For the two weeks since the typhoon, these bodies have been laying face up - staring into the alternating blazing sun and pouring rain. The smell of decomposition was overbearing, but I couldn't look away from the little girl in the white dress. It seemed so wrong for her to be left to the elements like that, and stared at by anyone passing by.
An eerie calm descends over Al Waer, an outer suburb of Homs, as we enter an area that is home to some 400,000 people caught in the middle of on-going conflict. I am part of a joint mission, including UNICEF, WFP, OCHA, UNDSS, and the Syrian Arab Red Crescent, here to access the humanitarian situation.
When we think of a humanitarian emergency, we don't necessarily think first of education. We think of immediate, life-saving needs, like clean water, health care and shelter. Of course, in Syria and across the region, these supplies and services are absolutely vital for children and families living with the daily consequences of conflict and displacement. However, learning is just as urgent. Almost two million Syrian children have been forced to drop out of school over the past year. For refugee children, being in school offers a safe space to remember that they are children, to feel hope for the future, to play and to begin the process of healing the emotional damage of all they have experienced.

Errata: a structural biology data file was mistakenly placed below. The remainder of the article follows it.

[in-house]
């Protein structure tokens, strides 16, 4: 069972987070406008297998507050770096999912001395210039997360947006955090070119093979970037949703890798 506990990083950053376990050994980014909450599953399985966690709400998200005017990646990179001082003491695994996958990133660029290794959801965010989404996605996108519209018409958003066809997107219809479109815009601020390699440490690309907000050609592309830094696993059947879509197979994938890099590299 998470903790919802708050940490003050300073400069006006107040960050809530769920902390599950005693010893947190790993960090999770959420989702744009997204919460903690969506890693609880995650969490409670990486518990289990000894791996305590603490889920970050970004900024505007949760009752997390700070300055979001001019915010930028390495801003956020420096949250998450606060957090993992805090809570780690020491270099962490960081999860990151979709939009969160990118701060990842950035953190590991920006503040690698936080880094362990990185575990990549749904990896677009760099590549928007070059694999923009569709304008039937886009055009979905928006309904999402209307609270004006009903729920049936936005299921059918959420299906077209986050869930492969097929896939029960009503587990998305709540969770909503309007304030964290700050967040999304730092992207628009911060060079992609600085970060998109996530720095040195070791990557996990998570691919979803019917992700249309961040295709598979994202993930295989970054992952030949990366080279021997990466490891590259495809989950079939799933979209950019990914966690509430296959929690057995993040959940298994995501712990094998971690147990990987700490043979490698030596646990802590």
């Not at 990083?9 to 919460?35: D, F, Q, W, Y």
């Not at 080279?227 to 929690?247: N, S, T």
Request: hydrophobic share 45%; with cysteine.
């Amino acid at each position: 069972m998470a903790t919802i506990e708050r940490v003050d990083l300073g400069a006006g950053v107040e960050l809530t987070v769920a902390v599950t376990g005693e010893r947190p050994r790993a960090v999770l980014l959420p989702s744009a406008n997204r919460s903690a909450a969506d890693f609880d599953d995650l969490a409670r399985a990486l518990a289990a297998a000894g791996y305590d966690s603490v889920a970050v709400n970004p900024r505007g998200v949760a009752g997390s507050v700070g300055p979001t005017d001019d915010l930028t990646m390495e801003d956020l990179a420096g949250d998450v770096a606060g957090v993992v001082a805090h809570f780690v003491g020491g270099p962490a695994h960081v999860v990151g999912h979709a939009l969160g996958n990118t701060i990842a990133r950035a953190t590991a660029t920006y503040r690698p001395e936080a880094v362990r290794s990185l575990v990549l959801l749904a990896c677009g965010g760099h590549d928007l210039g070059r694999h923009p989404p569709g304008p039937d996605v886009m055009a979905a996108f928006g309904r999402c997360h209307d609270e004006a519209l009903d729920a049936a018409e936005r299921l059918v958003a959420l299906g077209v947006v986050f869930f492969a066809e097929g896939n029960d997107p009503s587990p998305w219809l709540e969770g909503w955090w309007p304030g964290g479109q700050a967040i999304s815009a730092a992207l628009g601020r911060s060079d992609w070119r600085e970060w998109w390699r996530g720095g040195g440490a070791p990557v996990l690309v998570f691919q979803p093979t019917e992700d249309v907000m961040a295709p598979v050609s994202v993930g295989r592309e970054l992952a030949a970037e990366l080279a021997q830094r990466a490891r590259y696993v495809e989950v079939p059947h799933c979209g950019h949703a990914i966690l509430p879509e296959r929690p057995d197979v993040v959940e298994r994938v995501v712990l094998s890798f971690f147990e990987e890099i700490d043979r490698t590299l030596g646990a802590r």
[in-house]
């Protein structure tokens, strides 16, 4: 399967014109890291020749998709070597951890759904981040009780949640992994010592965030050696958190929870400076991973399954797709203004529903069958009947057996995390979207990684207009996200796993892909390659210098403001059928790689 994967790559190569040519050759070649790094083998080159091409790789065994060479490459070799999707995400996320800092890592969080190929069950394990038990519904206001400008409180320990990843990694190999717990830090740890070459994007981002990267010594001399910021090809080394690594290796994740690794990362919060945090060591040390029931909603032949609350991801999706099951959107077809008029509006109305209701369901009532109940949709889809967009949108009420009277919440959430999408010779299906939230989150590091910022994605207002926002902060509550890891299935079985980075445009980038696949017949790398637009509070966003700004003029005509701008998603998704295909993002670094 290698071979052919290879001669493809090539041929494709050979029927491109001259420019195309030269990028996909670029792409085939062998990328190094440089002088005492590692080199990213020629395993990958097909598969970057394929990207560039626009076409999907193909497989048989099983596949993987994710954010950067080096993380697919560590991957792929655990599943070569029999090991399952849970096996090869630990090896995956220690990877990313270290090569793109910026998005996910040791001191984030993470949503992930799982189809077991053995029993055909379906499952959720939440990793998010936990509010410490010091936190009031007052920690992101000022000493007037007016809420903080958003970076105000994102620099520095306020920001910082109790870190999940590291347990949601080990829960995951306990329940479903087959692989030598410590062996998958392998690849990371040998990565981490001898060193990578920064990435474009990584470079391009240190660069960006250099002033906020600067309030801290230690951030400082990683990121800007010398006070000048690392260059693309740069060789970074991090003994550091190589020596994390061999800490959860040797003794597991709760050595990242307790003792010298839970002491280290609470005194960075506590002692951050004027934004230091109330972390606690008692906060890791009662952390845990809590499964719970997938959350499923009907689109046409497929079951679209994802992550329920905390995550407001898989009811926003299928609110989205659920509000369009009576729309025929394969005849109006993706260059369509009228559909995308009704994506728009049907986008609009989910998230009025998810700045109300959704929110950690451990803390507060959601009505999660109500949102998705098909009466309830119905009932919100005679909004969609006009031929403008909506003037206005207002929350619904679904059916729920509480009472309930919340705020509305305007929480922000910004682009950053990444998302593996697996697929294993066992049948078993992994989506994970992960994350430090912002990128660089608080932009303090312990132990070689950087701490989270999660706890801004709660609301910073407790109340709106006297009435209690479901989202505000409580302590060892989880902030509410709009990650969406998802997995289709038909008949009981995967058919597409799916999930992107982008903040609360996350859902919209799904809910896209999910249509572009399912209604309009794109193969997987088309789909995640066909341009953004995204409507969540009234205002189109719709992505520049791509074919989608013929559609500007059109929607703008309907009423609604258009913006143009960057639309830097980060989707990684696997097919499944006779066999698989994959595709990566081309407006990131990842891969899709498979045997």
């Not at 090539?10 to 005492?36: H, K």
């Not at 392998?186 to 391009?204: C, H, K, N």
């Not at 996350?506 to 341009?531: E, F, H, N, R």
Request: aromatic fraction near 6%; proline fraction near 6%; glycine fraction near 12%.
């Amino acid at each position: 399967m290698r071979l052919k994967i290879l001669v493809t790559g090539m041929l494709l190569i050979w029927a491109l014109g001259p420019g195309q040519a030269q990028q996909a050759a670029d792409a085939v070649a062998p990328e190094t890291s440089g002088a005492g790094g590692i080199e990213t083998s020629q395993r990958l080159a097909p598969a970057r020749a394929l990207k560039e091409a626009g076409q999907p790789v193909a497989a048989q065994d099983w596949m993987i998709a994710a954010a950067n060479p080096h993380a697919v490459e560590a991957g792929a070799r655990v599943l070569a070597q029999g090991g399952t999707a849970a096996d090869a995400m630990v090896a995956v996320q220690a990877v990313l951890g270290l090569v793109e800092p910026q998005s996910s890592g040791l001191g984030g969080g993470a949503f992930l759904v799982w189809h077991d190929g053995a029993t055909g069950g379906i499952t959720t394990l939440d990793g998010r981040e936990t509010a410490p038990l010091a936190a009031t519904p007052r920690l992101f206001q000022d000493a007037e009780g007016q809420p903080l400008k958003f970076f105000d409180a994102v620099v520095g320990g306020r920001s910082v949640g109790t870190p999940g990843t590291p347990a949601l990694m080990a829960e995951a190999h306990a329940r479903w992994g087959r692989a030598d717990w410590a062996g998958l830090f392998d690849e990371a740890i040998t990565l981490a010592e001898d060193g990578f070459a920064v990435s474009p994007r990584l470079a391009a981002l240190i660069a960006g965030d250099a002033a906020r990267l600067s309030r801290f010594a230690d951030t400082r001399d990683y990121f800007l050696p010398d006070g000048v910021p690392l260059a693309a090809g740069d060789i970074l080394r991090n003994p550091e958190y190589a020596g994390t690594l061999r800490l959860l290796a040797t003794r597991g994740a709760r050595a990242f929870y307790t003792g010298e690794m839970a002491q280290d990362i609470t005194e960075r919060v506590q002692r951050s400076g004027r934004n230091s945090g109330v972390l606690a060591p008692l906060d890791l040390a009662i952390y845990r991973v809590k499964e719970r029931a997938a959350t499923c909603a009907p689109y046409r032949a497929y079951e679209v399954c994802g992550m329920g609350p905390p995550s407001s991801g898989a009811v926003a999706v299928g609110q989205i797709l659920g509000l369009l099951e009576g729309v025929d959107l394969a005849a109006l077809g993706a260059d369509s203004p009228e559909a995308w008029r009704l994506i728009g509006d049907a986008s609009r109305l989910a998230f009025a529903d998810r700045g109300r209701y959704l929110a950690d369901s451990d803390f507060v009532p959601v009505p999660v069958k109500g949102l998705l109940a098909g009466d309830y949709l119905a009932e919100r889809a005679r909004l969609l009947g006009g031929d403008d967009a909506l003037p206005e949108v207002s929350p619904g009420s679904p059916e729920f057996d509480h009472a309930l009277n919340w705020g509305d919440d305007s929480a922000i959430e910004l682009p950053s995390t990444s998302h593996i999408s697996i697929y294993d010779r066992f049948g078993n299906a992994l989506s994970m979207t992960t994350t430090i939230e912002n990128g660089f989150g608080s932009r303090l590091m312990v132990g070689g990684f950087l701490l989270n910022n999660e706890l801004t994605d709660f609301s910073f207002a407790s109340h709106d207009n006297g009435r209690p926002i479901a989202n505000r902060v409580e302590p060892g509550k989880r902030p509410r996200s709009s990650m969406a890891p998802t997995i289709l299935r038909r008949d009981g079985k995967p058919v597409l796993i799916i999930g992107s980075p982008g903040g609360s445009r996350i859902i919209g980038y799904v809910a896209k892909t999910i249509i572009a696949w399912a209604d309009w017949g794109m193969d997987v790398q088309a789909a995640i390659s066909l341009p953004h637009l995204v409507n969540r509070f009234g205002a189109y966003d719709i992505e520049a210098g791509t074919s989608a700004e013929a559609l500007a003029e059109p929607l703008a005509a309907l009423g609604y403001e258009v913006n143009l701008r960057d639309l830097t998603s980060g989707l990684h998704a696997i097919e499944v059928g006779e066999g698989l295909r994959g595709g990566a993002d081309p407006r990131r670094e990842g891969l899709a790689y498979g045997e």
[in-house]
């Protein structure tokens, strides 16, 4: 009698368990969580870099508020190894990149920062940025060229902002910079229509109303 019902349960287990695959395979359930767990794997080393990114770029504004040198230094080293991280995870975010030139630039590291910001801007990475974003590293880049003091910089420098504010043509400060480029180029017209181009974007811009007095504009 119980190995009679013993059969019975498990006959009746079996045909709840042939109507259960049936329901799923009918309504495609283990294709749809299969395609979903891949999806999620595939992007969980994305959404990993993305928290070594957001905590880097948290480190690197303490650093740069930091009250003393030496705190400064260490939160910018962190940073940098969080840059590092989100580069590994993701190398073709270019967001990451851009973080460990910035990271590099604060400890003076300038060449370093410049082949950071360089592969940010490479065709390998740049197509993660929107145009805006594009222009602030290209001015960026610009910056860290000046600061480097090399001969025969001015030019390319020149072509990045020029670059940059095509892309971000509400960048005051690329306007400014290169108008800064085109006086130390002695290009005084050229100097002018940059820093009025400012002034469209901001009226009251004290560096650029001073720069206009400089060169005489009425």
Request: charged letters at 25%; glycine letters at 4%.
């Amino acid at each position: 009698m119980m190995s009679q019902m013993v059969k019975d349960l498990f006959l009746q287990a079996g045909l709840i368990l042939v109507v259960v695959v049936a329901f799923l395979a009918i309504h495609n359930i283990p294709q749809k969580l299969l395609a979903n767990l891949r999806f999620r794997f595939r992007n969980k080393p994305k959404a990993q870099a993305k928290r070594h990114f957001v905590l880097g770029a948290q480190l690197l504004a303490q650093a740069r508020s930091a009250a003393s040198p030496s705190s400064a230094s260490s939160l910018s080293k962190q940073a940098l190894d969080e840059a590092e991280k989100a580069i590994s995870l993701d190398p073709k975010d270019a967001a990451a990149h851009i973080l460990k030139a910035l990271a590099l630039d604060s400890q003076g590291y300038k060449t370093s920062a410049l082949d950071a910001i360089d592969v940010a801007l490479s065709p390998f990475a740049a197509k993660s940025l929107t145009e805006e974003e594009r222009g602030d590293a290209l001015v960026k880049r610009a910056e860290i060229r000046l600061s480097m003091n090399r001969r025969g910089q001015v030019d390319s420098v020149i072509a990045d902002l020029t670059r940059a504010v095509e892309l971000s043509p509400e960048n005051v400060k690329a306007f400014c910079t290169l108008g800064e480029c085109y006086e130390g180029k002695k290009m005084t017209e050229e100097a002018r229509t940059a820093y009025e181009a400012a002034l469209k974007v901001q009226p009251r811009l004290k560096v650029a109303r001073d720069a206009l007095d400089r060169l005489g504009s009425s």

The support of multilateral agencies for basic education is slowing compared with other sectors and bilateral donors. Unless multilateral aid is increased, there is a danger that growing support to new areas such as skills development will squeeze the scarce resources for basic education even further, to the detriment of the most disadvantaged.
Unlike a military intervention in Syria, providing sufficient support to the country's refugees is something that should require no debate. The UN has appealed to the world to plug the $2billion shortfall of funds needed now to keep the seven million people displaced by the conflict safe and healthy.
For over two years, many of these children have had their lives interrupted and have often had to miss school for long periods of time. Many have escaped horrors no child should witness.... Despite all they have been through, these resilient children have inspired so many around them. These photos portray some of the many children who have touched the hearts of UNHCR staff.
As well as playing basketball with the children, Gasol chatted with Tolin and her sister. Tolin told him how she fled Syria with her family seven months ago to escape the violence and bombing. She also told him she still wants to be a doctor when she grows up, even though she hasn't been to school since she left Syria...
For two years in Syria the conflict, which fractured Heshan's family, put a stop to celebrations, and this year in Domiz refugee camp in northern Iraq there isn't the money or the spirit to mark the occasion. "It's not a special day anymore. It just happens and no-one notices," his mother, Naslya, tells me. "There is no life in this tent."